• @heavi5ide since this question is being used to mark duplicates I thought I would clarify that regexes (needed for case insensitive searches) do use the index, however, they must do a full index scan. In other words they cannot efficiently use the index. Fortunately the documentation has since been updated from 2011 but still good to note here too. – Sammaye Aug 13 '14 at 17:37
8

One very important thing to keep in mind when using a Regex based query - When you are doing this for a login system, escape every single character you are searching for, and don't forget the ^ and $ operators. Lodash has a nice function for this, should you be using it already:

db.stuff.find({$regex: new RegExp(_.escapeRegExp(bar), $options: 'i'})

Why? Imagine a user entering .* as his username. That would match all usernames, enabling a login by just guessing any user's password.

| improve this answer | |
6

The best method is in your language of choice, when creating a model wrapper for your objects, have your save() method iterate through a set of fields that you will be searching on that are also indexed; those set of fields should have lowercase counterparts that are then used for searching.

Every time the object is saved again, the lowercase properties are then checked and updated with any changes to the main properties. This will make it so you can search efficiently, but hide the extra work needed to update the lc fields each time.

The lower case fields could be a key:value object store or just the field name with a prefixed lc_. I use the second one to simplify querying (deep object querying can be confusing at times).

Note: you want to index the lc_ fields, not the main fields they are based off of.

| improve this answer | |
6

Suppose you want to search "column" in "Table" and you want case insenstive search. The best and efficient way is as below;

//create empty JSON Object
mycolumn = {};

//check if column has valid value
if(column) {
    mycolumn.column = {$regex: new RegExp(column), $options: "i"};
}
Table.find(mycolumn);

Above code just adds your search value as RegEx and searches in with insensitve criteria set with "i" as option.

All the best.

| improve this answer | |
6

Using Mongoose this worked for me:

var find = function(username, next){
    User.find({'username': {$regex: new RegExp('^' + username, 'i')}}, function(err, res){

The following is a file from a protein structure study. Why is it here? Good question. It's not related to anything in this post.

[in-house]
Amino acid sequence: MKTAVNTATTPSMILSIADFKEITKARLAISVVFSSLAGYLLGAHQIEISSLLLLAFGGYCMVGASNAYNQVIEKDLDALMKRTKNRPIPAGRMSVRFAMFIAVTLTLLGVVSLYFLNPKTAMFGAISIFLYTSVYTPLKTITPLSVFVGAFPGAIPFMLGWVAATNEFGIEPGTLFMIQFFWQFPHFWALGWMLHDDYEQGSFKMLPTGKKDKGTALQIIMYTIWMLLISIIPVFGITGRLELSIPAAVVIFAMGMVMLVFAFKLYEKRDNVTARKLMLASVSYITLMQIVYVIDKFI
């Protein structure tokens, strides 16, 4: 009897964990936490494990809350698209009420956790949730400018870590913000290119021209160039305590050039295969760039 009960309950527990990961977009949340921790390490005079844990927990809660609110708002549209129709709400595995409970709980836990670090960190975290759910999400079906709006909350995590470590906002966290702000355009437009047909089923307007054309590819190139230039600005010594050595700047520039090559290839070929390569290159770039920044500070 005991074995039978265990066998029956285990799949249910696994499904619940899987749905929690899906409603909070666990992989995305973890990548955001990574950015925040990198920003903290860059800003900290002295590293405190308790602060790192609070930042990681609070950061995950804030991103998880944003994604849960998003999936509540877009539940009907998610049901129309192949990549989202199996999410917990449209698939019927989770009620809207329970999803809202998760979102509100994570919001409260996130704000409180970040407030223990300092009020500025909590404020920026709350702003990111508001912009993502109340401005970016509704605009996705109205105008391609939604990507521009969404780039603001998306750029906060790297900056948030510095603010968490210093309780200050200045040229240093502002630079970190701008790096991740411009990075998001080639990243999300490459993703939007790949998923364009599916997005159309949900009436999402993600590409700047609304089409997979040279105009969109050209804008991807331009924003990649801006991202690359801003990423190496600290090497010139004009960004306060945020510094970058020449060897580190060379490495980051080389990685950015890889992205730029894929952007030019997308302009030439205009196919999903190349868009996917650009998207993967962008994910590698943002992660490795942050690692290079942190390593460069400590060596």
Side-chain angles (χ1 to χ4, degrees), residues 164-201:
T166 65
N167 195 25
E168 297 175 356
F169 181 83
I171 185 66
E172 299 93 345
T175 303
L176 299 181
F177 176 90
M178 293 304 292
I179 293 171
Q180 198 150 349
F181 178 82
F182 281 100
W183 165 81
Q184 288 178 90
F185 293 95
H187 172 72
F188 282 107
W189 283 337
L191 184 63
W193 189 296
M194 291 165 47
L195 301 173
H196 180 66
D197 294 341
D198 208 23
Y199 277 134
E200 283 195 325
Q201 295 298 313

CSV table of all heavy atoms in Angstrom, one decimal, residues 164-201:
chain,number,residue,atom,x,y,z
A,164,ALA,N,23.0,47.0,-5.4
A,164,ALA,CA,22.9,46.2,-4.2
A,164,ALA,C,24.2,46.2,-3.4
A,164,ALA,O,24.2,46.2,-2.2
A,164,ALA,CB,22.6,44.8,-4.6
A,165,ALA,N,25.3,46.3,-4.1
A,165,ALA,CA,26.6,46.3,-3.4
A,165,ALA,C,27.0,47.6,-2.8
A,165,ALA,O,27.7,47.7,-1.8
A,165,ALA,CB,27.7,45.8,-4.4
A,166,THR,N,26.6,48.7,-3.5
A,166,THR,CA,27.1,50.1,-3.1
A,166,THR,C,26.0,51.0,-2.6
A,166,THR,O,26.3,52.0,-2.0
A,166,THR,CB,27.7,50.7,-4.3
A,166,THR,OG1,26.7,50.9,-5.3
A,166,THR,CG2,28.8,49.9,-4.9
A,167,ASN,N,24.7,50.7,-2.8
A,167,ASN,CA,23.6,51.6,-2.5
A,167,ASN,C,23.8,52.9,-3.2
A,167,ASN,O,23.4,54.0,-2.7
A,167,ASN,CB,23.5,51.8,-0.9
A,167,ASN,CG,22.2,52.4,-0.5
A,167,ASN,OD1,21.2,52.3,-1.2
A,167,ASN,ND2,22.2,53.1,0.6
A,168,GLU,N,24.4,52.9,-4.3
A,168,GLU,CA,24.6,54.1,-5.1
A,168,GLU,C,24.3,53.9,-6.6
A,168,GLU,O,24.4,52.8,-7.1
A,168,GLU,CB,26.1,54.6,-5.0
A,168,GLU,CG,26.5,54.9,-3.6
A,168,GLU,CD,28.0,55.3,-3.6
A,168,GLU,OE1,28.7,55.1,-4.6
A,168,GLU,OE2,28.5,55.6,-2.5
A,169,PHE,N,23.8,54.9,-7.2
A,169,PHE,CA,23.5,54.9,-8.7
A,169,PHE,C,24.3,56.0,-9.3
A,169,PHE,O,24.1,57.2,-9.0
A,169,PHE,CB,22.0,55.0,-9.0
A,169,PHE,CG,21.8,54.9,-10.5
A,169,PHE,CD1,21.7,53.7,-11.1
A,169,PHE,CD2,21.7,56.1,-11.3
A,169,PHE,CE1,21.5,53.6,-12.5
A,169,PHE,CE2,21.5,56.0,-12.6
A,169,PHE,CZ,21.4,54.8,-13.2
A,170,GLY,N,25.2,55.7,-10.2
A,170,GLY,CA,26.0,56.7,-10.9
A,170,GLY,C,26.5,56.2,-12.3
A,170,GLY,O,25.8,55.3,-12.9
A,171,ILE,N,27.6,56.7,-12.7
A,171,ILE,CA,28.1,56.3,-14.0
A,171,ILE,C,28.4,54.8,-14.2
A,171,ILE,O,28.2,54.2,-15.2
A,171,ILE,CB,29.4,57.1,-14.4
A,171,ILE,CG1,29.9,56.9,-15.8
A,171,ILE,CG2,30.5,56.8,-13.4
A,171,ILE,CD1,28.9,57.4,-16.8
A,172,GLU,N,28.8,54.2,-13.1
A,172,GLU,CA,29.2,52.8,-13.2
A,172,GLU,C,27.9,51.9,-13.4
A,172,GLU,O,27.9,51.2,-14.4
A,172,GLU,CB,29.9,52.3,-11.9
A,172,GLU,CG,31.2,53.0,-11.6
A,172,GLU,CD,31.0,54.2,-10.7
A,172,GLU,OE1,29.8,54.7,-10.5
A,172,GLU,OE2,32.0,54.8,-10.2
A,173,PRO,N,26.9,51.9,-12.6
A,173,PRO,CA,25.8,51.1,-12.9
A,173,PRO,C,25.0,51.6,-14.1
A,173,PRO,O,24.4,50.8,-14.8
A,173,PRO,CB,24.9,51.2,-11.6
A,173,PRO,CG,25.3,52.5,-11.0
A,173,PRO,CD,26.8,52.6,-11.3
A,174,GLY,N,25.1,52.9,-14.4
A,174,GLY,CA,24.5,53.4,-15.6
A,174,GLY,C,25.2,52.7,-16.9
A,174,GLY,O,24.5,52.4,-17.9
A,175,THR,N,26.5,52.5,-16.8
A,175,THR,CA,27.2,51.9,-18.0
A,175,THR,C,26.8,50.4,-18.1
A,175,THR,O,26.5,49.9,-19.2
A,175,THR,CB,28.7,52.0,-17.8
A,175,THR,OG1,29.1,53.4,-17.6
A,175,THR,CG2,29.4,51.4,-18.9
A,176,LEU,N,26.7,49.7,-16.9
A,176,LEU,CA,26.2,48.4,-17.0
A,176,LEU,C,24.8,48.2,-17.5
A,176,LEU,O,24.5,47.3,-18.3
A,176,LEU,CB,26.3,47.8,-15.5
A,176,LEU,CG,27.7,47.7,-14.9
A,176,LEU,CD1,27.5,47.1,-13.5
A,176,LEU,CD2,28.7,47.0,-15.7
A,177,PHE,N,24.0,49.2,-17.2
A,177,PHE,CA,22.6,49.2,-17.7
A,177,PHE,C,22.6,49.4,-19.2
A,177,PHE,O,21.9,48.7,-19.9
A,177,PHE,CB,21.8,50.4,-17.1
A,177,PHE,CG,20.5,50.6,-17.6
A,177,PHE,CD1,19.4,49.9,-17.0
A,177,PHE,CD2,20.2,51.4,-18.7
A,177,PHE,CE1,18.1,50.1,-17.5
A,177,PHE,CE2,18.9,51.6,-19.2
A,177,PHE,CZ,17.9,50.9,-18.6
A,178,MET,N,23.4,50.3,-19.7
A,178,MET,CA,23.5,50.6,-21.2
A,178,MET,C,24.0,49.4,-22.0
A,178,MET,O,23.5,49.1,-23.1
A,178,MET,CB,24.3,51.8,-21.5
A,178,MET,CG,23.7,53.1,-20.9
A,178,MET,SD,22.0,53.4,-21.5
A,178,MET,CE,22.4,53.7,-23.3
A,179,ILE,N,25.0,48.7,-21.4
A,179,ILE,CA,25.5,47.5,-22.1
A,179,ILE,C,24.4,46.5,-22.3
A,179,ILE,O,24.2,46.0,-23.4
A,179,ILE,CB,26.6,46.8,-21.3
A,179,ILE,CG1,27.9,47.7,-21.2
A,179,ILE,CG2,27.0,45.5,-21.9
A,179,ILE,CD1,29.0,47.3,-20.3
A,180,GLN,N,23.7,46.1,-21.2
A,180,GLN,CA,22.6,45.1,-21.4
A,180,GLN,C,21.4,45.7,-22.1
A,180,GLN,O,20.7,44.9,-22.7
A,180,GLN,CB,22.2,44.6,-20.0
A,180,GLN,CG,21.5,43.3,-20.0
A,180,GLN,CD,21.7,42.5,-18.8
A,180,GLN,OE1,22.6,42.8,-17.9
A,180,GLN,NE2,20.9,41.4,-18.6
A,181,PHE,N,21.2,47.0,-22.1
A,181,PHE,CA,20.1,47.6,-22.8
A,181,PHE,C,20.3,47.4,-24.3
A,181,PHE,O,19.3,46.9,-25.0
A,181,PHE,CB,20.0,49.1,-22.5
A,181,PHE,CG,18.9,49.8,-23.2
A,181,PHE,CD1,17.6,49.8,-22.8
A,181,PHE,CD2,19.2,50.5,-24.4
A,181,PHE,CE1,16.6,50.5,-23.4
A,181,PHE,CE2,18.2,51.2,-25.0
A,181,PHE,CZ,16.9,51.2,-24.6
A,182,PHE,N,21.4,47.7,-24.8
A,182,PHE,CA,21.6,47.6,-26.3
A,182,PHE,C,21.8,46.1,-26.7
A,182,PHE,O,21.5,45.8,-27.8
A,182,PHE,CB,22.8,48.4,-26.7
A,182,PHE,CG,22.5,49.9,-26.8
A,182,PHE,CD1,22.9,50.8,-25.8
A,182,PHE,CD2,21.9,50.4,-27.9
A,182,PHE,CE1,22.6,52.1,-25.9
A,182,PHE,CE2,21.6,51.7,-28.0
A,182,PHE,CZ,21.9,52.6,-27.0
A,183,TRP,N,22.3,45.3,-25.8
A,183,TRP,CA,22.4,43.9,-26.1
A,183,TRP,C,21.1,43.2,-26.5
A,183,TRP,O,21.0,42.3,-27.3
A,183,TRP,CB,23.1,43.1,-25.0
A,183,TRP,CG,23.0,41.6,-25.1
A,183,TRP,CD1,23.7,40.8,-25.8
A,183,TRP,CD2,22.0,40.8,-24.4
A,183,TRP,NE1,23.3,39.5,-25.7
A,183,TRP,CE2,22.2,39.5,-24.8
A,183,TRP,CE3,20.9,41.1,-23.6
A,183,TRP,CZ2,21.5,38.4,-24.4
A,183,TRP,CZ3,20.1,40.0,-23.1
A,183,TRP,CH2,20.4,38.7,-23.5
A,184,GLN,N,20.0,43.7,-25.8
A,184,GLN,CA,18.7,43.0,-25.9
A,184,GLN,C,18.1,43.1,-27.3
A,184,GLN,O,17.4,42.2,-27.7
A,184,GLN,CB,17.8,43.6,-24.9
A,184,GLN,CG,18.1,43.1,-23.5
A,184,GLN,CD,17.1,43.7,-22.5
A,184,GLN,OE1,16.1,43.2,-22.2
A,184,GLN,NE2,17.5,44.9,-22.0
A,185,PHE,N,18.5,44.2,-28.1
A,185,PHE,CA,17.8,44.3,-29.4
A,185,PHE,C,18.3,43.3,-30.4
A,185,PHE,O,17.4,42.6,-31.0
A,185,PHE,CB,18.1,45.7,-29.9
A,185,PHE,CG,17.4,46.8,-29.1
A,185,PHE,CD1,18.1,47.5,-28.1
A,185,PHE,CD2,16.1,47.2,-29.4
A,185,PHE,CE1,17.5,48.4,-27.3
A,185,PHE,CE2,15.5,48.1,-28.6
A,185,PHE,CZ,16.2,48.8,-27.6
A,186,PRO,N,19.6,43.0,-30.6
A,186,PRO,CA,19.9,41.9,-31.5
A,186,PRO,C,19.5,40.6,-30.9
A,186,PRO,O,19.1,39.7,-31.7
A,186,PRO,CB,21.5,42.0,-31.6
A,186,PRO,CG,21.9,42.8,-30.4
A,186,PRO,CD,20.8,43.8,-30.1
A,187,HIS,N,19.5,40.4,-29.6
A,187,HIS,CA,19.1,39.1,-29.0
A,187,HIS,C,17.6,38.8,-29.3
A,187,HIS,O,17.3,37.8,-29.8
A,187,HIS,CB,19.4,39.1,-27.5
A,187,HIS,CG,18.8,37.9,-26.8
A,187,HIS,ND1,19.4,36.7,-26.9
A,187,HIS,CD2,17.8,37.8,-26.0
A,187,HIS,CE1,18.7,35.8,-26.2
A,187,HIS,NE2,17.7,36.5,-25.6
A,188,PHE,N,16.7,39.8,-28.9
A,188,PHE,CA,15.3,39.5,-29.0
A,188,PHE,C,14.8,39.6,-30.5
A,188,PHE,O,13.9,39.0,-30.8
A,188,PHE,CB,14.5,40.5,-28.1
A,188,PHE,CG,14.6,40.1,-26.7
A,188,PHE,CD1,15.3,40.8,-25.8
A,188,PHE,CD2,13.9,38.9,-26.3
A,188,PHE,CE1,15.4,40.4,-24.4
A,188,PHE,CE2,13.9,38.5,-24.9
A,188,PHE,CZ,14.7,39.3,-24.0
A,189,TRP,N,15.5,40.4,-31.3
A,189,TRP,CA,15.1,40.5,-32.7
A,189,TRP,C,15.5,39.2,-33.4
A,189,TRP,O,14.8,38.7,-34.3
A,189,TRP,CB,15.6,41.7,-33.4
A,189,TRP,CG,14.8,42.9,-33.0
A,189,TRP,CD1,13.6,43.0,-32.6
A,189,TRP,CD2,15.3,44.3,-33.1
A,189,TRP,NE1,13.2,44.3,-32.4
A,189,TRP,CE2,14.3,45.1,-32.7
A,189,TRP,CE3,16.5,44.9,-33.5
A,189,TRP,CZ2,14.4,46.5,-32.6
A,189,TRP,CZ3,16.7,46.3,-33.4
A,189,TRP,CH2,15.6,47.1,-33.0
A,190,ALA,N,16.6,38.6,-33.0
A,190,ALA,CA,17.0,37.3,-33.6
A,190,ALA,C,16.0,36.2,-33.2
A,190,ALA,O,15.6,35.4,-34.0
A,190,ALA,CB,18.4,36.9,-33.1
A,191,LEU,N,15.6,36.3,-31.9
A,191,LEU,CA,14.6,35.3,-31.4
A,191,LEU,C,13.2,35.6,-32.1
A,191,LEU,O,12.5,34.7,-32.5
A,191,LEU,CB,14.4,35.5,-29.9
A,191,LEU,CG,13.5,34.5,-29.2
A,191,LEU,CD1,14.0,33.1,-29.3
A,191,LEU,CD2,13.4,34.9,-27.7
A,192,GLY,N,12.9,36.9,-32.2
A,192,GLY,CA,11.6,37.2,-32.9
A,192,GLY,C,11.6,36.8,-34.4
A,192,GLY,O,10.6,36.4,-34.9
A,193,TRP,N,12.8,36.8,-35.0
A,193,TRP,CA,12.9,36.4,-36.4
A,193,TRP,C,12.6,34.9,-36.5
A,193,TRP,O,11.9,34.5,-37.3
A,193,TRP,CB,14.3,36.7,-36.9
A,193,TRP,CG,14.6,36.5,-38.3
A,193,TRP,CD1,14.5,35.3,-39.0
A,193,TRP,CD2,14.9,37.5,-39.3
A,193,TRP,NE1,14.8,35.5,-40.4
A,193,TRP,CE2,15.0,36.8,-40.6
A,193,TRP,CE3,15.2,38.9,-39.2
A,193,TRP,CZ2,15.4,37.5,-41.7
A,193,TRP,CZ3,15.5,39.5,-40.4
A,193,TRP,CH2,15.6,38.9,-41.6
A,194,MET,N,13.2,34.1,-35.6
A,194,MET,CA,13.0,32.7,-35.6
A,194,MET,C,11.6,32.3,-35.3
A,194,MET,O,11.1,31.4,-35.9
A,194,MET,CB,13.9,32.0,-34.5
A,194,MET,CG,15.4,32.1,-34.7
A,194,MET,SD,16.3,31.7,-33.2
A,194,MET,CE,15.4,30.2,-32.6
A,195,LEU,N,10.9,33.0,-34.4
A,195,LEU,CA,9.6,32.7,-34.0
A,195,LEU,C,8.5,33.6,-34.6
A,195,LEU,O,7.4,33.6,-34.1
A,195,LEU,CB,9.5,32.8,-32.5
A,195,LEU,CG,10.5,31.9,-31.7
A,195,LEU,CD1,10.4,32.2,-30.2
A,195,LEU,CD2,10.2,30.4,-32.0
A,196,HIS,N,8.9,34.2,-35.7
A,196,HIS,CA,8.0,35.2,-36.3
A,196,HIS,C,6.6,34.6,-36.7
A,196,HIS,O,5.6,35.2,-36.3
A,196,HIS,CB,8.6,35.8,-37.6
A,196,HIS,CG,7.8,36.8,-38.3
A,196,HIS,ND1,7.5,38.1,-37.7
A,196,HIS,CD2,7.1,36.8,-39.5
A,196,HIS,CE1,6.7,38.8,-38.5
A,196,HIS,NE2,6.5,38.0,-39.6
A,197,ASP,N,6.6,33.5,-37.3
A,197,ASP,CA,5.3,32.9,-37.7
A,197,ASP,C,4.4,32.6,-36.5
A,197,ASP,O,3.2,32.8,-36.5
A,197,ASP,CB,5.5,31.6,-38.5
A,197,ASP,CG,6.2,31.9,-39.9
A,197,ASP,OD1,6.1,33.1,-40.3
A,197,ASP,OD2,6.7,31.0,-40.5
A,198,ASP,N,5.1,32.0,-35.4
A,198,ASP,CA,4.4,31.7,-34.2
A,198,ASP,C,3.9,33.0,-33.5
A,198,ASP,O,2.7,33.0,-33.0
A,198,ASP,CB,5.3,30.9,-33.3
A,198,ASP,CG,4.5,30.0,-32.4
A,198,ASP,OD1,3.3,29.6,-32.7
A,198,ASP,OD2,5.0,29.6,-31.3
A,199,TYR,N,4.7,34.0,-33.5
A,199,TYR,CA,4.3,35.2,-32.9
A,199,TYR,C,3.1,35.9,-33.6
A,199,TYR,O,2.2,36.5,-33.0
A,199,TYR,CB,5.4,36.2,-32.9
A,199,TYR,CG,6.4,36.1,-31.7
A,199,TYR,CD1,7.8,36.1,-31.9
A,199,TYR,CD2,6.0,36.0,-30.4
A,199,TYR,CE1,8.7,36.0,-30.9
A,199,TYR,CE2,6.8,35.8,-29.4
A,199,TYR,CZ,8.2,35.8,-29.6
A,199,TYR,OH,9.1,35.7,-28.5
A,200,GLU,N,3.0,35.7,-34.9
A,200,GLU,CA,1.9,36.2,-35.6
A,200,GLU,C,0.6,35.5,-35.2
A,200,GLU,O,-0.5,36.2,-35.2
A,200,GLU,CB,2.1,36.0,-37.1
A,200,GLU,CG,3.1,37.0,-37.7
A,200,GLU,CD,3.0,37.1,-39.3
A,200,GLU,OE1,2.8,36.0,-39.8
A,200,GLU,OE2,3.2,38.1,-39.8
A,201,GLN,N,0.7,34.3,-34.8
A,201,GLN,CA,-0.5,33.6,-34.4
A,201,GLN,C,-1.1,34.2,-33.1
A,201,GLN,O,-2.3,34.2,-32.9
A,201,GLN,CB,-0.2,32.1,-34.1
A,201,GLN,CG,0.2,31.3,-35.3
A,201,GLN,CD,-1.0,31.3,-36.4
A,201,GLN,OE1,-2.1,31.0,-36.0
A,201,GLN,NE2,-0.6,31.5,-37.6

if(err) throw err;
        next(null, res);
    });
}
| improve this answer | |
  • 8
    Isn't the .toLowerCase() redundant if you're specifying the case-insensitive flag of i ? – k00k Jul 1 '15 at 15:01
  • Yes it is. You don't need .toLowerCase(). I have removed it from the answer. – ChrisRich May 18 '17 at 1:00
  • hmm should this work like that? When I search for "mark" it also gets every record with "marko" - is there a way only ignore case-sensitivity? – Suisse Jun 19 '17 at 0:54
  • 1
    Ok found it, the correct regex would be: '^' + serach_name + '$', "i" – Suisse Jun 19 '17 at 1:02
  • 3
    This is DANGEROUS. You are not escaping username, so any arbitrary regex can be injected. – Tom Mettam Jan 17 '18 at 0:37
4

The aggregation framework was introduced in mongodb 2.2 . You can use the string operator "$strcasecmp" to make a case-insensitive comparison between strings. It's more recommended and easier than using regex.

Here's the official document on the aggregation command operator: https://docs.mongodb.com/manual/reference/operator/aggregation/strcasecmp/#exp._S_strcasecmp .

| improve this answer | |
  • 4
    how to use this in a find() query? db.stuff.find({ name: $strcasecmp(name)}) ? – Suisse Jun 19 '17 at 0:51
4

For searching a variable and escaping it:

const escapeStringRegexp = require('escape-string-regexp')
const name = 'foo'
db.stuff.find({name: new RegExp('^' + escapeStringRegexp(name) + '$', 'i')})   

Escaping the variable protects the query against attacks with '.*' or other regex.

escape-string-regexp

| improve this answer | |
3

You can use Case Insensitive Indexes:

The following example creates a collection with no default collation, then adds an index on the name field with a case insensitive collation. International Components for Unicode

/* strength: CollationStrength.Secondary
* Secondary level of comparison. Collation performs comparisons up to secondary * differences, such as diacritics. That is, collation performs comparisons of 
* base characters (primary differences) and diacritics (secondary differences). * Differences between base characters takes precedence over secondary 
* differences.
*/
db.users.createIndex( { name: 1 }, collation: { locale: 'tr', strength: 2 } } )

To use the index, queries must specify the same collation.

db.users.insert( [ { name: "Oğuz" },
                            { name: "oğuz" },
                            { name: "OĞUZ" } ] )

// does not use index, finds one result
db.users.find( { name: "oğuz" } )

// uses the index, finds three results
db.users.find( { name: "oğuz" } ).collation( { locale: 'tr', strength: 2 } )

// does not use the index, finds three results (different strength)
db.users.find( { name: "oğuz" } ).collation( { locale: 'tr', strength: 1 } )

or you can create a collection with default collation:

db.createCollection("users", { collation: { locale: 'tr', strength: 2 } } )